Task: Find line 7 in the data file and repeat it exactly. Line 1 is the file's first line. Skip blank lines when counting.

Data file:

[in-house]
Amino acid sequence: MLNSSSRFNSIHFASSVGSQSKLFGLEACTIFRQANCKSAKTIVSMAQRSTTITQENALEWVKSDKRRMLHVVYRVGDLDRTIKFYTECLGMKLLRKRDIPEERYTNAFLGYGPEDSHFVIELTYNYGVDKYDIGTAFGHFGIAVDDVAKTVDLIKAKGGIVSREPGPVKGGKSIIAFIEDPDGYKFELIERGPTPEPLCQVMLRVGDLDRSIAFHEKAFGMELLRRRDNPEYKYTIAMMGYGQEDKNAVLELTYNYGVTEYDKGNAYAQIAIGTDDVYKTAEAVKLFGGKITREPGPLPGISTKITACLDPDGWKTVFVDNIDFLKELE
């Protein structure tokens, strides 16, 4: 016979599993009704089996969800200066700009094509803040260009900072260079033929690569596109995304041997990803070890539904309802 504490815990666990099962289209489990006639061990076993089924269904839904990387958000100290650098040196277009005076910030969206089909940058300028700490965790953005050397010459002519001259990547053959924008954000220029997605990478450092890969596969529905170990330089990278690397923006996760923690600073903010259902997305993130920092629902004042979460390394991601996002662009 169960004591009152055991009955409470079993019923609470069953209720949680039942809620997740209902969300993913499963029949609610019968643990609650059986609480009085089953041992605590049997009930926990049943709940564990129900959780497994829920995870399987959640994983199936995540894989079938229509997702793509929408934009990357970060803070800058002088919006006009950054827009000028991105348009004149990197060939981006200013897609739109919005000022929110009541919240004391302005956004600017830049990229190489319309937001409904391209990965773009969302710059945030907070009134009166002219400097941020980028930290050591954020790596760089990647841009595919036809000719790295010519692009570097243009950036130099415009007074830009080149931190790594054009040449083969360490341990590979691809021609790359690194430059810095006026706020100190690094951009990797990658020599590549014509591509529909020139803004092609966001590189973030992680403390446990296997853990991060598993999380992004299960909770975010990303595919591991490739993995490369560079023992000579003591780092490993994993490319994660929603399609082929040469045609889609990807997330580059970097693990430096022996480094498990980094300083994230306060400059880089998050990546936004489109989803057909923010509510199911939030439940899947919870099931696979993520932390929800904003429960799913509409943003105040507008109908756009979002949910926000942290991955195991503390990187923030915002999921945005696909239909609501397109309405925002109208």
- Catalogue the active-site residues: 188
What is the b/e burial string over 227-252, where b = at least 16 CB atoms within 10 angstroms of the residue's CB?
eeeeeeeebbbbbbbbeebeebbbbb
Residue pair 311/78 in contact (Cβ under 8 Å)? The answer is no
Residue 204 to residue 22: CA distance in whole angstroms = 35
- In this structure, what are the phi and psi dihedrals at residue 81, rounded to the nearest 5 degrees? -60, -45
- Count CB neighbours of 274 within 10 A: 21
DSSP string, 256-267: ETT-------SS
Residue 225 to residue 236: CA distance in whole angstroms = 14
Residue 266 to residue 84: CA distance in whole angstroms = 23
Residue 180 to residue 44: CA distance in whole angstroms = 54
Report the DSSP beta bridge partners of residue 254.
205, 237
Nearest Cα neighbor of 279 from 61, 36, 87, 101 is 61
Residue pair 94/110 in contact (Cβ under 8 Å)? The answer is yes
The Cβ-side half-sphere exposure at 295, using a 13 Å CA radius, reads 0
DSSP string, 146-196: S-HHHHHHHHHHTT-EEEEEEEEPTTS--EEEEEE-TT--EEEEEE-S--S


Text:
Residue pair 311/78 in contact (Cβ under 8 Å)? The answer is no